Super 8 – Review


J. J. Abrams’s Super 8 feels like a film that was made during the 1980’s, effectively evoking the mood of nostalgia that other films that came out during said era would have left on viewers since. It’s a film that is proud in itself of the era in which its storyteller had grown up within, where the films of Steven Spielberg (who also served as producer), Richard Donner, Robert Zemeckis, and John Carpenter among the lot would have become prominent and proven influential on many generations that have followed – and eager to show what it had learned. This habit of Abrams’s doesn’t come without any faults, but there’s a clear sense of passion coming out from the eyes in which it is being told from and it proves itself to be the most important factor as to why Super 8 works as is.

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The Truman Show – Review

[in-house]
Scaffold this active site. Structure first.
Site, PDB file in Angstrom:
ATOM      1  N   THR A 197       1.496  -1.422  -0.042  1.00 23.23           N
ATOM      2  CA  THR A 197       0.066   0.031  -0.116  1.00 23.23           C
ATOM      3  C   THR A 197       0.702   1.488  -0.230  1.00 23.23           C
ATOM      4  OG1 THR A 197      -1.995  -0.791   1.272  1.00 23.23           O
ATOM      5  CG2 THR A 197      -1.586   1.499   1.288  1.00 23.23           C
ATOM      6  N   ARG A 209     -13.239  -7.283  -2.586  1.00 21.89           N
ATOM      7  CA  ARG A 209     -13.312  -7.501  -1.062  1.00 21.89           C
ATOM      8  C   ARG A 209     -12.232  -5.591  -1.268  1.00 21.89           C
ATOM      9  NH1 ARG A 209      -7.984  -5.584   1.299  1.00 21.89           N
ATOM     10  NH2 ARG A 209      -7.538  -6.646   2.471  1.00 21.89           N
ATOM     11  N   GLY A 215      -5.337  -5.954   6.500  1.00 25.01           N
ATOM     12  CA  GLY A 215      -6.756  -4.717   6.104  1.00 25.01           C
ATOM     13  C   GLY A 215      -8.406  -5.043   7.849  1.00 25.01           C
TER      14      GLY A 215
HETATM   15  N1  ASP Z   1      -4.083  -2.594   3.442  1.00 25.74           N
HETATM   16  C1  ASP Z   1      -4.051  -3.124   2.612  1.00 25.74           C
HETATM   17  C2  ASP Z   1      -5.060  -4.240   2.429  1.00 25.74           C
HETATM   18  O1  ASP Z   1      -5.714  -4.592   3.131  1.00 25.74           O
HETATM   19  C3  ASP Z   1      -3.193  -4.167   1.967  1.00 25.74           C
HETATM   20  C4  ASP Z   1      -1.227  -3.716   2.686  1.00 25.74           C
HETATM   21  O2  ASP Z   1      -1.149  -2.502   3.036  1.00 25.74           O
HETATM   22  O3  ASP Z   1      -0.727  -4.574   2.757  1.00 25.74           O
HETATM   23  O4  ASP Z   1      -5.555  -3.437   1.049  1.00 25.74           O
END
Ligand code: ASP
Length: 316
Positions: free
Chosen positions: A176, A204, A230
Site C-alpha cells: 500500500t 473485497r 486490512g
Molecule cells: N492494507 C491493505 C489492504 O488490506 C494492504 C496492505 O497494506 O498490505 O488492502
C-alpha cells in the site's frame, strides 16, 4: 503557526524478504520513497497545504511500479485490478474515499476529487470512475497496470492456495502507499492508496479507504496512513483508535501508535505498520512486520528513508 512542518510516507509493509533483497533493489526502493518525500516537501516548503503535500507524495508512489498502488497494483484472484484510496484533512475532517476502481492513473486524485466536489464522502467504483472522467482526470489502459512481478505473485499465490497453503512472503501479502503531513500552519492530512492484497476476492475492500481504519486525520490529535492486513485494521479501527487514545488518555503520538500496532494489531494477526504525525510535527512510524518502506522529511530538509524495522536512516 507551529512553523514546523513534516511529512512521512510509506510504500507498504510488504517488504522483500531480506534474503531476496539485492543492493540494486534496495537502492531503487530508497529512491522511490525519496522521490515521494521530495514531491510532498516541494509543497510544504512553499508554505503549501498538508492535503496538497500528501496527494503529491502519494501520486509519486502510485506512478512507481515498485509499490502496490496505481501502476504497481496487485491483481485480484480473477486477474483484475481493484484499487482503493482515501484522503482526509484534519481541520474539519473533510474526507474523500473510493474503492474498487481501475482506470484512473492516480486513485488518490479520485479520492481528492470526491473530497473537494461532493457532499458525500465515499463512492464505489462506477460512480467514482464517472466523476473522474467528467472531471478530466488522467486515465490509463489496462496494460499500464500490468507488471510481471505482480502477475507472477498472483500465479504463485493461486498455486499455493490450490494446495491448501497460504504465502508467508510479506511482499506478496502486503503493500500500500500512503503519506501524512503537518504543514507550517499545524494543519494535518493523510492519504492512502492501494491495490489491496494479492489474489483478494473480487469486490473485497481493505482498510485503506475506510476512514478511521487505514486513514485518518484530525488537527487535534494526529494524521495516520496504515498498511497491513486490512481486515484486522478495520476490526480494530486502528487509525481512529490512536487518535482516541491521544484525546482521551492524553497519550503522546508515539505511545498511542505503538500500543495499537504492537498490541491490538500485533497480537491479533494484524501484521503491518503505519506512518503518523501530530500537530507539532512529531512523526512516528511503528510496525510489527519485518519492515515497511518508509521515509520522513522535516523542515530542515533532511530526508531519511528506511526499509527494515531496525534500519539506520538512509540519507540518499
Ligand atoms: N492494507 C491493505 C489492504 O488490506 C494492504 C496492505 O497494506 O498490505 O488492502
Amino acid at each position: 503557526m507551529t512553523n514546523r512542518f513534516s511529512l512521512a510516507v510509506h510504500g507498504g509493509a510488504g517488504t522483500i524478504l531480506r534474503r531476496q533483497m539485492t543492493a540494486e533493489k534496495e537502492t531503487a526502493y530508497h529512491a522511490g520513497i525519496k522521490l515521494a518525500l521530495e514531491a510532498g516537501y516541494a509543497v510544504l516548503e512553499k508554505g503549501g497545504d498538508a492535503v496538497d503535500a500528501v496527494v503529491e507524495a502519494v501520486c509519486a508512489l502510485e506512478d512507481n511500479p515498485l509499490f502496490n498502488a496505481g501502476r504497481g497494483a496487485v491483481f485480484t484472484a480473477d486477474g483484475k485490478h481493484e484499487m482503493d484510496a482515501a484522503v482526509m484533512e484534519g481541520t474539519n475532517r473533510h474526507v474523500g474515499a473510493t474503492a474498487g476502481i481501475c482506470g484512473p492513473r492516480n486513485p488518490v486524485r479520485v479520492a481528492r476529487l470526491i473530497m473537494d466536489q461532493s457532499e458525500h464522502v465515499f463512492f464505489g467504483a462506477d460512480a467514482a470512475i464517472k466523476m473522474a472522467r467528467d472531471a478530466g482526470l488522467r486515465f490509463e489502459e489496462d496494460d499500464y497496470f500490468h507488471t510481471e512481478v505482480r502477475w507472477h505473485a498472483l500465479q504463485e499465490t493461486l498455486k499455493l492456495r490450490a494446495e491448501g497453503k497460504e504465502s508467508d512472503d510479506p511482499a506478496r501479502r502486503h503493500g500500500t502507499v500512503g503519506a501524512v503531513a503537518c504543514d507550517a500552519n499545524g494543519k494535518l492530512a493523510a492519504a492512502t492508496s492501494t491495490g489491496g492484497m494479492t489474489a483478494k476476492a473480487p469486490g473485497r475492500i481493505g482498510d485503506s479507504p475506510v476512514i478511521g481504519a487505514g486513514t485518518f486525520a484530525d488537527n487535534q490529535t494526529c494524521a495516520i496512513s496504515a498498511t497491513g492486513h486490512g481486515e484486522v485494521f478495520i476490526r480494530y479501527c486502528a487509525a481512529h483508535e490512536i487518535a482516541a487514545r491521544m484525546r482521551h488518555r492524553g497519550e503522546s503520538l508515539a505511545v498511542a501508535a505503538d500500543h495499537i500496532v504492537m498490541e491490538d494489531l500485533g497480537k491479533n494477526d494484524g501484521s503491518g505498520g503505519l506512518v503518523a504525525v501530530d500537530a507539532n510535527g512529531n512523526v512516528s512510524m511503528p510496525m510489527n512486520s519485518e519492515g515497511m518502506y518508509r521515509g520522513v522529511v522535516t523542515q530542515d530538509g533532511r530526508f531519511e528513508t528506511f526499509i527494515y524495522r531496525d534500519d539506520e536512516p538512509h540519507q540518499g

Peter Weir’s high-concept The Truman Show shows another side of Jim Carrey to his viewers, a face who was more easily recognizable through comedic roles going from Ace Ventura to Dumb and Dumber. If The Truman Show, however, were not Peter Weir’s best film (that honour goes to the exquisite Picnic at Hanging Rock), it might also be his funniest one, also in the sense that he has indeed created a clever attack upon running governments within the form of a reality television show that is taken to the extreme. Where I’ve no doubt lies therein, The Truman Show, as the following decade has approached, became one of the most important films of its own era.

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